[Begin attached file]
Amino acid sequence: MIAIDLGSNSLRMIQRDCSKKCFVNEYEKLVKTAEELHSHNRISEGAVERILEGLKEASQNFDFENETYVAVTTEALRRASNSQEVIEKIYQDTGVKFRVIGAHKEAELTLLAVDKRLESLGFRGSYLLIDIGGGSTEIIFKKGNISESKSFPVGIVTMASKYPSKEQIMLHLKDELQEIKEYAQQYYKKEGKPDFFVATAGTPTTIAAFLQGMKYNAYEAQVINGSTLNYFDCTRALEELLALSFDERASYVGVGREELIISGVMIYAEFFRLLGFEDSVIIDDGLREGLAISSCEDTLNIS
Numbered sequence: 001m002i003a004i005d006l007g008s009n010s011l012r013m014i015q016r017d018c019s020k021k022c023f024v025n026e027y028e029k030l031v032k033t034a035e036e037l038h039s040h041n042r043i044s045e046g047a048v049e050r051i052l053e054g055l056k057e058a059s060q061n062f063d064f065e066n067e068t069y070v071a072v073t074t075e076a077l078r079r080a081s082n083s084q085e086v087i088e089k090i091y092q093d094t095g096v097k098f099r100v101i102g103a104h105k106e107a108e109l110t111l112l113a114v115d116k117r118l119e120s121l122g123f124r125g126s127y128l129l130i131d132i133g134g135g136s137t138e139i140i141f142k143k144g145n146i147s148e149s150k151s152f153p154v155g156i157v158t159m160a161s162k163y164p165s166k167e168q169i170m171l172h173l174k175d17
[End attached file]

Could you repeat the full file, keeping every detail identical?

Amino acid sequence: MIAIDLGSNSLRMIQRDCSKKCFVNEYEKLVKTAEELHSHNRISEGAVERILEGLKEASQNFDFENETYVAVTTEALRRASNSQEVIEKIYQDTGVKFRVIGAHKEAELTLLAVDKRLESLGFRGSYLLIDIGGGSTEIIFKKGNISESKSFPVGIVTMASKYPSKEQIMLHLKDELQEIKEYAQQYYKKEGKPDFFVATAGTPTTIAAFLQGMKYNAYEAQVINGSTLNYFDCTRALEELLALSFDERASYVGVGREELIISGVMIYAEFFRLLGFEDSVIIDDGLREGLAISSCEDTLNIS
Numbered sequence: 001m002i003a004i005d006l007g008s009n010s011l012r013m014i015q016r017d018c019s020k021k022c023f024v025n026e027y028e029k030l031v032k033t034a035e036e037l038h039s040h041n042r043i044s045e046g047a048v049e050r051i052l053e054g055l056k057e058a059s060q061n062f063d064f065e066n067e068t069y070v071a072v073t074t075e076a077l078r079r080a081s082n083s084q085e086v087i088e089k090i091y092q093d094t095g096v097k098f099r100v101i102g103a104h105k106e107a108e109l110t111l112l113a114v115d116k117r118l119e120s121l122g123f124r125g126s127y128l129l130i131d132i133g134g135g136s137t138e139i140i141f142k143k144g145n146i147s148e149s150k151s152f153p154v155g156i157v158t159m160a161s162k163y164p165s166k167e168q169i170m171l172h173l174k175d17